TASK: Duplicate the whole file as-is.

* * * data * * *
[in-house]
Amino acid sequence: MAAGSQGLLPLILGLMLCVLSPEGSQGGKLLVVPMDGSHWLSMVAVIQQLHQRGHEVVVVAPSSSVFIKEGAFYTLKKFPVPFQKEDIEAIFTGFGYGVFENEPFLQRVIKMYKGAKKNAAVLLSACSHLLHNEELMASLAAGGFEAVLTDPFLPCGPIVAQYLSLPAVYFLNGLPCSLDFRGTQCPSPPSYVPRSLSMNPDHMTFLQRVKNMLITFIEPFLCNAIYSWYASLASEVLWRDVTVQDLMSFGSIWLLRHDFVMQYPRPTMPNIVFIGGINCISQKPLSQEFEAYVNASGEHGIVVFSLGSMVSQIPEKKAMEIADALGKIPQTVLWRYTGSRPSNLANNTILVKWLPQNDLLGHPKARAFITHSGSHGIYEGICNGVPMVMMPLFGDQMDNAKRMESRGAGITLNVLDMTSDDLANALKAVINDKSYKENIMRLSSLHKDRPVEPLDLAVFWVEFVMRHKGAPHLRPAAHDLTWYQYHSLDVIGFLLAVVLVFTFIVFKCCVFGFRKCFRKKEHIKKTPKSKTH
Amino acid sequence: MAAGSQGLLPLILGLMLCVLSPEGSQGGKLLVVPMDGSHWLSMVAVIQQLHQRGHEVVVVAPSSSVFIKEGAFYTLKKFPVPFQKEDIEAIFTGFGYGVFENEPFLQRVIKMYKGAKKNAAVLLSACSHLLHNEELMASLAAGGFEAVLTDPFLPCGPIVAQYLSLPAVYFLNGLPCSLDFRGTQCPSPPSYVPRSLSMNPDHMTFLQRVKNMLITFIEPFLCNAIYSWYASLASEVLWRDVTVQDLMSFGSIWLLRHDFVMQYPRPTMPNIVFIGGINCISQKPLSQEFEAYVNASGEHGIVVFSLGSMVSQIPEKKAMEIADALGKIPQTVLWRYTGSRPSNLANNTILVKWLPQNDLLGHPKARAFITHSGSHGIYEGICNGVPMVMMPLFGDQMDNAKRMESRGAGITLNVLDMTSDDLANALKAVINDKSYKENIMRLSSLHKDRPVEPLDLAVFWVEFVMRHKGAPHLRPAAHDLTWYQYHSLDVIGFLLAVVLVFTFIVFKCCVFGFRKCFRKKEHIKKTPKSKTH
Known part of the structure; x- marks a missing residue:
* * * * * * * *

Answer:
[in-house]
Amino acid sequence: MAAGSQGLLPLILGLMLCVLSPEGSQGGKLLVVPMDGSHWLSMVAVIQQLHQRGHEVVVVAPSSSVFIKEGAFYTLKKFPVPFQKEDIEAIFTGFGYGVFENEPFLQRVIKMYKGAKKNAAVLLSACSHLLHNEELMASLAAGGFEAVLTDPFLPCGPIVAQYLSLPAVYFLNGLPCSLDFRGTQCPSPPSYVPRSLSMNPDHMTFLQRVKNMLITFIEPFLCNAIYSWYASLASEVLWRDVTVQDLMSFGSIWLLRHDFVMQYPRPTMPNIVFIGGINCISQKPLSQEFEAYVNASGEHGIVVFSLGSMVSQIPEKKAMEIADALGKIPQTVLWRYTGSRPSNLANNTILVKWLPQNDLLGHPKARAFITHSGSHGIYEGICNGVPMVMMPLFGDQMDNAKRMESRGAGITLNVLDMTSDDLANALKAVINDKSYKENIMRLSSLHKDRPVEPLDLAVFWVEFVMRHKGAPHLRPAAHDLTWYQYHSLDVIGFLLAVVLVFTFIVFKCCVFGFRKCFRKKEHIKKTPKSKTH
Amino acid sequence: MAAGSQGLLPLILGLMLCVLSPEGSQGGKLLVVPMDGSHWLSMVAVIQQLHQRGHEVVVVAPSSSVFIKEGAFYTLKKFPVPFQKEDIEAIFTGFGYGVFENEPFLQRVIKMYKGAKKNAAVLLSACSHLLHNEELMASLAAGGFEAVLTDPFLPCGPIVAQYLSLPAVYFLNGLPCSLDFRGTQCPSPPSYVPRSLSMNPDHMTFLQRVKNMLITFIEPFLCNAIYSWYASLASEVLWRDVTVQDLMSFGSIWLLRHDFVMQYPRPTMPNIVFIGGINCISQKPLSQEFEAYVNASGEHGIVVFSLGSMVSQIPEKKAMEIADALGKIPQTVLWRYTGSRPSNLANNTILVKWLPQNDLLGHPKARAFITHSGSHGIYEGICNGVPMVMMPLFGDQMDNAKRMESRGAGITLNVLDMTSDDLANALKAVINDKSYKENIMRLSSLHKDRPVEPLDLAVFWVEFVMRHKGAPHLRPAAHDLTWYQYHSLDVIGFLLAVVLVFTFIVFKCCVFGFRKCFRKKEHIKKTPKSKTH
Known part of the structure; x- marks a missing residue: